Then and Now: Photography of Laurel Hill East


You may not have heard the term “Then and Now Photography”, but you have certainly seen it. An old photograph of a place is held up to align with the current view. In one glimpse you can see what it looked like then and what it looks like now.

One afternoon, volunteer Russ Dodge, took copies of archival pictures of Laurel Hill East out on the grounds and took the best perspective shots that he could. Then, Archives and Volunteer Coordinator Beth Savastana, worked some Photoshop magic and voila!

These pictures bring the cemetery to life with Victorian visitors and turn of the century groundskeepers busy at work making the cemetery beautiful. Along the way, we will reveal some fun facts about the subjects of each photograph.

The Gatehouse at Laurel Hill East was designed in 1836 by Scottish architect, John Notman, and built that same year. John Notman outbid William Strickland and Thomas Ustick Walter for this commission. The Gatehouse saw several additions throughout the years, but the photograph used above was taken in 1916. The entrance to the office was accessible right on Ridge Avenue, while today, visitors must go through the arched gateway and turn right for the door.

1916 photo of the Gatehouse

The photograph below from 1964 shows how marble weathers over time, when compared to the two on the left, in the current day shot. Because of its beauty and extreme malleability, marble was used frequently in Victorian cemeteries. Philadelphia, and especially nearer to Laurel Hill in Manayunk and along the river, contained so many factories that air pollution and acid rain have taken its toll on our marble headstones.

1964 image

The undated image below from a stereoscope card puts ghosts from the past back in the cemetery at our Old Mortality statue grouping. The structure incasing these statues was built in 1838 and they have been greeting visitors who walk into the courtyard ever since. It’s a wonder if the guests seen here would like the new rock garden that surrounds Old Mortality today?

The original stereo card used for the “then and now” picture. When a stereo card was placed in a stereoscope and viewed, the picture became 3-dimensional.

On October 21, 1836, Laurel Hill Cemetery buried its first permanent resident, Mercy Carlisle, in this lot.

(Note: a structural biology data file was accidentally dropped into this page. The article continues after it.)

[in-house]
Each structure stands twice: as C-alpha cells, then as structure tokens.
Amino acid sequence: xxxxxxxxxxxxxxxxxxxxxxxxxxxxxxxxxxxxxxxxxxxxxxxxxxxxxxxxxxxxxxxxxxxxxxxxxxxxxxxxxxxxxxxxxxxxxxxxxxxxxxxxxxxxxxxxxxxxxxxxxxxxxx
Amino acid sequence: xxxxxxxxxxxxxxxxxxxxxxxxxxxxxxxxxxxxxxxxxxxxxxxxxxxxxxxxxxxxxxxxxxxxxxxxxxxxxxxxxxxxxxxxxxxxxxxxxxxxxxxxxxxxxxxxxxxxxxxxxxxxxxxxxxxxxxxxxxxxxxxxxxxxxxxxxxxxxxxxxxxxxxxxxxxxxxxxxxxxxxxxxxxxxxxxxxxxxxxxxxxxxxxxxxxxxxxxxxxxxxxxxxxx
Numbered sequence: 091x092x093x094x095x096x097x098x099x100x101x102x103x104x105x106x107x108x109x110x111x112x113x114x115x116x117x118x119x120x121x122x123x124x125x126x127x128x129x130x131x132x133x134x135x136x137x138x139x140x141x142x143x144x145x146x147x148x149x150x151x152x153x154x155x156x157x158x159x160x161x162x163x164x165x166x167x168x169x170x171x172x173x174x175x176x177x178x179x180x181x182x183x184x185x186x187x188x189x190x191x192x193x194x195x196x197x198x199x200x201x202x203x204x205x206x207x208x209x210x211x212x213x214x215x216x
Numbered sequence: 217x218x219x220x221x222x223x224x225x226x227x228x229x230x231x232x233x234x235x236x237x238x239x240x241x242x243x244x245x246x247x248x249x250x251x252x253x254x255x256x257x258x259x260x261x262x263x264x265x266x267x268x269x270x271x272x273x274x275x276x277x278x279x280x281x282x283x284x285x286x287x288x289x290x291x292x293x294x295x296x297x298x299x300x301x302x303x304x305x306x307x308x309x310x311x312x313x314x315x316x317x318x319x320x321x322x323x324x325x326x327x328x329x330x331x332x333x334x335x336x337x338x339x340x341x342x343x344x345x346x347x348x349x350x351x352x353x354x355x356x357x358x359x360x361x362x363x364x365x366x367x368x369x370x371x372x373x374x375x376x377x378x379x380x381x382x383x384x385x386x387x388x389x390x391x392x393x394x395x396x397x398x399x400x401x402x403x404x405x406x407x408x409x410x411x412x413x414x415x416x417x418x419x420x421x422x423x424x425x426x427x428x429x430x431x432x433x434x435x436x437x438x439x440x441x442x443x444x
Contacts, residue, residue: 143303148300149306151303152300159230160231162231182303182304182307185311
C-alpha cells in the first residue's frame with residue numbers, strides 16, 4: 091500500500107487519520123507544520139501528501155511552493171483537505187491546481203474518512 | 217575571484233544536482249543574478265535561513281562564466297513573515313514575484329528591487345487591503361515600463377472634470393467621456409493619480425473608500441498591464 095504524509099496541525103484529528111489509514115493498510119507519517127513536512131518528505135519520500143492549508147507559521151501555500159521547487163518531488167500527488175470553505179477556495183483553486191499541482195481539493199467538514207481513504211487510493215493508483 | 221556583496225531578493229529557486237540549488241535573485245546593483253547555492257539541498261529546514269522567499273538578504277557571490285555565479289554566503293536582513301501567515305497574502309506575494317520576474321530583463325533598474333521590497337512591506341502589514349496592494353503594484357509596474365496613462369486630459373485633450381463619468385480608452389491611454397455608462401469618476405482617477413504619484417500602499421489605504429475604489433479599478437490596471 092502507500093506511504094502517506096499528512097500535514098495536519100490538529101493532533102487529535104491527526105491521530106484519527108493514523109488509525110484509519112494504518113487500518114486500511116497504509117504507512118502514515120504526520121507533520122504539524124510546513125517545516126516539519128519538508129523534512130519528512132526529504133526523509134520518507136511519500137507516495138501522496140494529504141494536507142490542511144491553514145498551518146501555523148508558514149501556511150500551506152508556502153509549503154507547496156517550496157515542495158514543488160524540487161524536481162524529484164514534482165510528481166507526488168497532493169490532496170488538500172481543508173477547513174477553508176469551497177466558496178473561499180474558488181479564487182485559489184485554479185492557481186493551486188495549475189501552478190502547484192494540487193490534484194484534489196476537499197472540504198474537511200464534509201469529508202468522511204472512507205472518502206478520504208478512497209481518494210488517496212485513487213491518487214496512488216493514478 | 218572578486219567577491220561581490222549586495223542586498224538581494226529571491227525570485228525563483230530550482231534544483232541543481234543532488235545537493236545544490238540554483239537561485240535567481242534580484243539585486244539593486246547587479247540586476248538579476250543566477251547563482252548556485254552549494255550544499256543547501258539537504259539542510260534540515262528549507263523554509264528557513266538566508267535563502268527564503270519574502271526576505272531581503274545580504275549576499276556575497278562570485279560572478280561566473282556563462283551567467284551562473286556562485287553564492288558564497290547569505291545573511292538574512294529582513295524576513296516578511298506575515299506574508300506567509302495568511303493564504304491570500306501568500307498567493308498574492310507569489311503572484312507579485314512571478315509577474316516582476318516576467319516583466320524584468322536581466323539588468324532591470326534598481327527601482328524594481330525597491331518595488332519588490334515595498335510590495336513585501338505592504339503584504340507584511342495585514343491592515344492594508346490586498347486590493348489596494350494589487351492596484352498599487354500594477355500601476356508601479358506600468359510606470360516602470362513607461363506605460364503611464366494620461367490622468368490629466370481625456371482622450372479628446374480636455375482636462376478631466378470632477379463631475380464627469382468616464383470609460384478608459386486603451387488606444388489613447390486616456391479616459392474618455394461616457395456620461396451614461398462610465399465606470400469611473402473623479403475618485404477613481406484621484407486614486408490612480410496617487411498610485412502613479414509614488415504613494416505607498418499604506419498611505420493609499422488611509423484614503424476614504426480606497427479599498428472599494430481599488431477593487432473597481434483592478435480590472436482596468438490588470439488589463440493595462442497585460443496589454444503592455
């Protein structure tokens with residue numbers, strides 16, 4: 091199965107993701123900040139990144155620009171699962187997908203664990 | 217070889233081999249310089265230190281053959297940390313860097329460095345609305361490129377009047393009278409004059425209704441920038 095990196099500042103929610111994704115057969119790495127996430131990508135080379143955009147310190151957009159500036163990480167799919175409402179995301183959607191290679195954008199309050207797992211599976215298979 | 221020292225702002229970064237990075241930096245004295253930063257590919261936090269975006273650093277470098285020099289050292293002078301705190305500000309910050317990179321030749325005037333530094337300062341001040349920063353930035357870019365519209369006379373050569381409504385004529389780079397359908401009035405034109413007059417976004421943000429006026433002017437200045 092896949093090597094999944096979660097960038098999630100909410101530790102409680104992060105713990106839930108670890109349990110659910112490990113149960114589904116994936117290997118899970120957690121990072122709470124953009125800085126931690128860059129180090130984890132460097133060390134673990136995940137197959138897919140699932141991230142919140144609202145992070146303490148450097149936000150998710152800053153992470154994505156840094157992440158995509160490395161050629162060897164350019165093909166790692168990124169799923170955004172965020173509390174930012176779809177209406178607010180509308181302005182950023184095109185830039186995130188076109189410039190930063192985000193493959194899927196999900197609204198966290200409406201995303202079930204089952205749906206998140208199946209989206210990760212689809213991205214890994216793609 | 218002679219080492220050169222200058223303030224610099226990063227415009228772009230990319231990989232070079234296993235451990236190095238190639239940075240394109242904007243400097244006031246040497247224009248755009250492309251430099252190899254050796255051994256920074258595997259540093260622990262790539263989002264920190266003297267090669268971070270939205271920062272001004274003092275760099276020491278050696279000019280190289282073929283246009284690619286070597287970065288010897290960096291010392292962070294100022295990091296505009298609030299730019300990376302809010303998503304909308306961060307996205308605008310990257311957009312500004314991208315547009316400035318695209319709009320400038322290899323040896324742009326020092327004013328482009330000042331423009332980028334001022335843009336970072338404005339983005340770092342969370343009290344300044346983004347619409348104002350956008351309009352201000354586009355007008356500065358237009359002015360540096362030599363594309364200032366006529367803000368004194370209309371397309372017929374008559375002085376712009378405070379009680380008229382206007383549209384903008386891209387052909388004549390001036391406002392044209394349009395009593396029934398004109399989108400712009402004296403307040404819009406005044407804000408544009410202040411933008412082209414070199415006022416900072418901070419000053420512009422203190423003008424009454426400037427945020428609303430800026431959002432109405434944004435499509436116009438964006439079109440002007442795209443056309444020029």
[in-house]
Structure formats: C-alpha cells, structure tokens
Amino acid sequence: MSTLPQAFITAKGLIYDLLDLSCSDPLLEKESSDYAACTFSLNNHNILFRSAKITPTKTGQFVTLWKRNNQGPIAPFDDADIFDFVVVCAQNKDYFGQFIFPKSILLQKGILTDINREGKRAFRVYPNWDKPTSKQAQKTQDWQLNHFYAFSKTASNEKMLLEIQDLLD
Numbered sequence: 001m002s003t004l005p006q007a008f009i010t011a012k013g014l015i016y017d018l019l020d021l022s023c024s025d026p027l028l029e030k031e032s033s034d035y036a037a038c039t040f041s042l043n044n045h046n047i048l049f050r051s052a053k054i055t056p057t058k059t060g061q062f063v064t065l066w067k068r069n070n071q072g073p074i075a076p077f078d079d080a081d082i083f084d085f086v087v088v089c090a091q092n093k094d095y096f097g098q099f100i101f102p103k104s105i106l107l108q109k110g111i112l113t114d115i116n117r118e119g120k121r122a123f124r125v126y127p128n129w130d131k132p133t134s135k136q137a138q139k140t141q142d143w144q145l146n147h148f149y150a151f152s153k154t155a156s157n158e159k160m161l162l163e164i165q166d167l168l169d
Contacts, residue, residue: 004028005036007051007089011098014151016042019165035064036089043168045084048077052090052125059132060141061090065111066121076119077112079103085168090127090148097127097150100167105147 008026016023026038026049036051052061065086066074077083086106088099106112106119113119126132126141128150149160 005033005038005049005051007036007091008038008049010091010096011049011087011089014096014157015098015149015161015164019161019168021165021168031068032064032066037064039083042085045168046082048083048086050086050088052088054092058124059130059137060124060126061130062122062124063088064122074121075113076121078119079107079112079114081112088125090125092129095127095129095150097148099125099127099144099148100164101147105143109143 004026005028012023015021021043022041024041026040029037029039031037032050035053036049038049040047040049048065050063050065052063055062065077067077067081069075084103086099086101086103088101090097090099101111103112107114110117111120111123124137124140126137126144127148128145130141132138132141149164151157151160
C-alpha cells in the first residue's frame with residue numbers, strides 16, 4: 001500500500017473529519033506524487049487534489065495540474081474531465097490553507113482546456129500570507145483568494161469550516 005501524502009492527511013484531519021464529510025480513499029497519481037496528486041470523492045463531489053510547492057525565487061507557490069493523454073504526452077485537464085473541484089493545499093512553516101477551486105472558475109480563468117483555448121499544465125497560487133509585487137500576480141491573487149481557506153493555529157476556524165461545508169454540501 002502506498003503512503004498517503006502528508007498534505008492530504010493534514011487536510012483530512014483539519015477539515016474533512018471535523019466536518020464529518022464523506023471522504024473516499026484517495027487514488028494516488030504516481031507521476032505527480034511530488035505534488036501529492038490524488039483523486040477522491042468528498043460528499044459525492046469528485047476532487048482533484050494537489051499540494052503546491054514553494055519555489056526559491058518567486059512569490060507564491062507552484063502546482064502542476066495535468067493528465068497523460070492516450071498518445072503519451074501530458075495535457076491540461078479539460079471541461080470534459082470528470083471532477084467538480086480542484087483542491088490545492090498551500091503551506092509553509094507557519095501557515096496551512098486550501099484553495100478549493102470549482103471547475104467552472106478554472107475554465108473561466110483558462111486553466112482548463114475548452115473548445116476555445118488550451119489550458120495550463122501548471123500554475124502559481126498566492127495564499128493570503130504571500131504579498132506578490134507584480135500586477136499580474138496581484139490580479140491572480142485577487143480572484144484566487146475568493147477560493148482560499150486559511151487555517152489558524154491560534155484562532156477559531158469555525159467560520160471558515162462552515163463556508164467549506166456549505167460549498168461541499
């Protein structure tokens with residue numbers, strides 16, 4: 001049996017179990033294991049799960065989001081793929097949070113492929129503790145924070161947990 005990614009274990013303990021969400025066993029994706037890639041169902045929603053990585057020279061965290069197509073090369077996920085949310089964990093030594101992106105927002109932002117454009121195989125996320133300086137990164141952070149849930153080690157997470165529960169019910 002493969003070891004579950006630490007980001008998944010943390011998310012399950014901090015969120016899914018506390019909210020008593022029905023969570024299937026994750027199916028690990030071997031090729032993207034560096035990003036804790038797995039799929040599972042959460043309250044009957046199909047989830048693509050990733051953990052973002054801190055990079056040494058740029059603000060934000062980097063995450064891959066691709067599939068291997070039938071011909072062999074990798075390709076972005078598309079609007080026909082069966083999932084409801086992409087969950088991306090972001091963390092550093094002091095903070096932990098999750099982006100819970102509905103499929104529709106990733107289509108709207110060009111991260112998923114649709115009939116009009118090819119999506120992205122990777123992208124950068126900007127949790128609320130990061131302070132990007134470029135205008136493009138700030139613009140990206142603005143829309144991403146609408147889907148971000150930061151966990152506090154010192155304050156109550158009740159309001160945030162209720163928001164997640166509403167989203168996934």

In 1917, two gardeners are tending to grass cutting and shaping the ivy on mounded graves in Mercy’s lot in the above image.

That same year, stone cleaners were hard at work in another area of the cemetery, cleaning the stonework on the Linton property.

And finally, again in 1917, a stone cutter works to inscribe the William Welsh stone while his colleague cleans another in the back.

The Benson Mausoleum was the first to be built in Laurel Hill East’s Central section in 1868. In this stereo card image, possibly from 1876, a young man sits on the bridge that connects Central and South Laurel Hill, gazing at this beautiful structure, which, at the time, stood alone along Millionaire’s Row.

And lastly, we see the Receiving Vault at Laurel Hill East, which hasn’t changed much, to be honest, and a small glimpse of a perfectly manicured portion of South Laurel Hill Cemetery.

The Receiving Vault was used to store bodies when the ground was frozen in the winters and could not be dug by hand or while a family was waiting for their mausoleum or underground crypt to be built.

Do you have any old family photographs taken somewhere you know? Use this website source “The Craft of Then and Now Photography” to create your own!

If you would like to support the archives at Laurel Hill East & Laurel Hill West Cemeteries, consider donating to the Archives Preservation Fund. Donations are used to purchase archival quality housing and other preservation materials.

We would like to give a special thanks to volunteer and tour guide, Russ Dodge, for taking the “now” photographs used in this blog article. Russ starting crawling through cemeteries as a young kid when he made the connection about history in a local cemetery that some of the people buried there lived while Abraham Lincoln was President and possibly voted for or against him. He first visited Laurel Hill Cemetery in March 1997 on his quest to see all the graves of Civil War Generals (to date, the number is 525). He was heavily involved in the growth of the website, beginning in 1996, and was an administrator and curator from 2002 until 2020. He became a tour guide at Laurel Hill Cemetery in 2009 after several years pestering the staff for burial information and reciprocally providing them with biographical information for many who are buried there. He has run all sorts of themed tours on many different topics but is deeply interested in the military history buried here. In addition to running the annual Gettysburg tour, he has devoted much of his time to discovering previously unknown and often unmarked veterans’ graves, to have their service finally known and honored. He has brought to light over 500 veterans buried in Laurel Hill whose military service to the Nation had been lost or obscured. He has no plans to stop tour guiding and researching for LHC, as it brings him great enjoyment to be steeped in the history he loves to learn and explore. He lives in Lafayette Hill, PA with his wife Susan, who supports his endeavors and often joins him on his tours.